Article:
When it comes to the military and the authorities, the X-men have had a very rocky relationship to say the least. In both the comics and even in X-men Supreme, the military has been an obstacle more than an ally for the X-men. I always had a problem with that because like so many things, the military is more than just a bunch of men with guns. There are those who seek war and those who seek peace. And I wanted a character who understood that. General Nathan Grimshaw is not trigger happy, but he's not afraid to shoot either. He looks at mutants from a very different perspective compared to President Kelly, Professor Xavier, or Reverend Stryker. He sees mutants in a strategic sense. He's willing to be their ally, but he's not afraid to become their enemy. I haven't revealed the extent of his ambitions just yet. I have every intention of doing so as X-men Supreme continues to unfold. That's why I think this is the perfect time for readers to know who General Nathan Grimshaw is. He can't be found anywhere else other than X-men Supreme. He has no comic book counterpart or even someone closely related to him. So his entry of X-men Supreme Reflections is going to be so important. I've prepared an extended preview of what to expect from the world of Nathan Grimshaw.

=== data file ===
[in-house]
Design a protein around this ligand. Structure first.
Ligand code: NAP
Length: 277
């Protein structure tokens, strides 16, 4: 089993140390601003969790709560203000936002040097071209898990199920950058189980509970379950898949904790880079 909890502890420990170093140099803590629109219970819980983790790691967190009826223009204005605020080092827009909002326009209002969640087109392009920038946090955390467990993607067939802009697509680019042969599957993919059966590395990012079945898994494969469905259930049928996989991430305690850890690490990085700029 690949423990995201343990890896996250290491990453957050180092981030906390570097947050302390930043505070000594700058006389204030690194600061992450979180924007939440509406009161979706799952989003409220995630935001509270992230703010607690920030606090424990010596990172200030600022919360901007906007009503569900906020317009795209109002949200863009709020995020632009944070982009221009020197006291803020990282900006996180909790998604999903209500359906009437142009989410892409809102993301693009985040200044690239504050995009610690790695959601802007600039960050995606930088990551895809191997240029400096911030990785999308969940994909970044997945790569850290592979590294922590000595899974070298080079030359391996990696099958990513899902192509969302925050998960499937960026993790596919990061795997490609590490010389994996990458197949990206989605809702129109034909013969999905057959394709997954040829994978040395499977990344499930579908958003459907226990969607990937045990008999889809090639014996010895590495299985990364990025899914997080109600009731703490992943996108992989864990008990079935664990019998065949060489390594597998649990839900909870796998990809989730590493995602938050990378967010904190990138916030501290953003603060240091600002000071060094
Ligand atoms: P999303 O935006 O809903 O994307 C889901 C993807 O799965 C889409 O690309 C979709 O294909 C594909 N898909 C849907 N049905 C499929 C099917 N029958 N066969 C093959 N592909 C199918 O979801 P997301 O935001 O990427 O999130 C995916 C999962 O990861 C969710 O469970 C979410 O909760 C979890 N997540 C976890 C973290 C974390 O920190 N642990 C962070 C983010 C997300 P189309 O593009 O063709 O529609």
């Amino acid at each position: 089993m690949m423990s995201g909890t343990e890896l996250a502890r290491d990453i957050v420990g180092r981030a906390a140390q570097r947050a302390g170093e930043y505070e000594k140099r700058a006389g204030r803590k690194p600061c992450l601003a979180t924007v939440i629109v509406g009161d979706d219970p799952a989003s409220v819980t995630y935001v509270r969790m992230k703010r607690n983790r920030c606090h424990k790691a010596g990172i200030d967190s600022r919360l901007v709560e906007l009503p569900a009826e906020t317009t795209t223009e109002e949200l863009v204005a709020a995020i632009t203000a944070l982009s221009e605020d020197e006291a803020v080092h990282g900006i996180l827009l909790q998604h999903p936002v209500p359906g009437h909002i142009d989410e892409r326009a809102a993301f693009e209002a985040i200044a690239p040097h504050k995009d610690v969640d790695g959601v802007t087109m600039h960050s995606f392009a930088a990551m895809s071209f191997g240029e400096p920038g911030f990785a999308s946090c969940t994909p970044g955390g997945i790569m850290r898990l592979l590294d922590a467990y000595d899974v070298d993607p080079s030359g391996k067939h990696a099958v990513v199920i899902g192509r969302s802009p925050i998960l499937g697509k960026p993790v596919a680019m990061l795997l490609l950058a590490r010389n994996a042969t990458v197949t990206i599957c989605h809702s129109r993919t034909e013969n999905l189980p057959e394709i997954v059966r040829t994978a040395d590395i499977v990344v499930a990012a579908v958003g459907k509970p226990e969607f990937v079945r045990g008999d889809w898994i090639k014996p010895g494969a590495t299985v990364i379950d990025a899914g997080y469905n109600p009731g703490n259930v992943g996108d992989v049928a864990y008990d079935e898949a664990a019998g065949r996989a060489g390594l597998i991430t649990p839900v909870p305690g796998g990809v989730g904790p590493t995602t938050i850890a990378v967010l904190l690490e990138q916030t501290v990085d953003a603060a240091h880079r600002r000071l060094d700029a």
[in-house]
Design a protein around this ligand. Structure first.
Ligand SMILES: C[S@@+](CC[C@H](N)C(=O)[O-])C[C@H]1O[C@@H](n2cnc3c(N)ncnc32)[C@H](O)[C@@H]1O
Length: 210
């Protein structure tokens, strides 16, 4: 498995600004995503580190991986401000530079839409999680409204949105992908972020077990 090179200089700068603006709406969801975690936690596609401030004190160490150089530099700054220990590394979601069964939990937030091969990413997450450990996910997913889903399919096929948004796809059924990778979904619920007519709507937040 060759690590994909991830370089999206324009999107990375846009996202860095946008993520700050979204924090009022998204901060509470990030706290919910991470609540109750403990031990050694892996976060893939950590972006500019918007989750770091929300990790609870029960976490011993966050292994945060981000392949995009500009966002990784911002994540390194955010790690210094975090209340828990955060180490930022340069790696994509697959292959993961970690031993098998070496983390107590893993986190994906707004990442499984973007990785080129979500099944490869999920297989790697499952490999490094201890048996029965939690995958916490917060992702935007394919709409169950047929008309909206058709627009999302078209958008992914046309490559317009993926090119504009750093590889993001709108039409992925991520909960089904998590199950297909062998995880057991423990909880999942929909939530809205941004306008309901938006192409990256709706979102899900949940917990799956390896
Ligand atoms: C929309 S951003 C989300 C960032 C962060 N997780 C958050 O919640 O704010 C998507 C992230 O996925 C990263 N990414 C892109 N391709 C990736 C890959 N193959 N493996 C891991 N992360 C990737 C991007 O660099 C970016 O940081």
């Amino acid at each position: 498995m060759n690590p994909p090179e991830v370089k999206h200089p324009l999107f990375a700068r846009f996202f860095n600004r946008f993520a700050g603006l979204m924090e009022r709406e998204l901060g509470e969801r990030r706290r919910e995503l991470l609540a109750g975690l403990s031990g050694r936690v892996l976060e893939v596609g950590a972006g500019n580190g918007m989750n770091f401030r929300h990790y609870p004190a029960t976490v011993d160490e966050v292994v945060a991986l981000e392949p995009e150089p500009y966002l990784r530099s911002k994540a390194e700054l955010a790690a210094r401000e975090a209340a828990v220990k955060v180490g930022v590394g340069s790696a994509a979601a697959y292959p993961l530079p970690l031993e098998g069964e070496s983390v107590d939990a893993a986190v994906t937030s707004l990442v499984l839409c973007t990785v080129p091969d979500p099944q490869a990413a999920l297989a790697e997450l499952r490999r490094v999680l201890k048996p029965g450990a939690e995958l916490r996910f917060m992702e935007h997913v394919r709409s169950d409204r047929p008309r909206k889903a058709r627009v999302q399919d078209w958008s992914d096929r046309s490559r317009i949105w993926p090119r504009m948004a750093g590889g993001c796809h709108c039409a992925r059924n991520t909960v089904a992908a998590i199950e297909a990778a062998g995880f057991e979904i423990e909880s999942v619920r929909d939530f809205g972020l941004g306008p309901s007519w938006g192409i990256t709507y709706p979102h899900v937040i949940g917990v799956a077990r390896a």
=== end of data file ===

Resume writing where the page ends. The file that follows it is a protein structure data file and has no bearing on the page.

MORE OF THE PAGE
Not long after I graduated, I was appointed to the Pentagon. Officially, I was a Lieutenant Colonel, but unofficially I was a glorified desk jockey. My first few years as an officer were pretty uneventful, not to mention frustrating. My youth was my greatest shortcoming and I had to work my way up through a painfully slow process. The ironic part is I still rose through the ranks quicker than my peers.

Around this time, I did manage to establish a decent civilian life. I did some traveling, I got married, and had a few little soldiers of my own. My wife happens to be a military woman herself. She worked as a nurse with the Veterans Administration and today she’s a full fledged doctor. She, more than anyone, encouraged me to take on the responsibilities of a General. She always came home with one too many stories about soldiers who had seen too much war and were seriously wounded by it in more ways than one. It was a constant reminder that nobody hates wars more than warriors and as a General, I needed to remember that as I forged ahead with my career.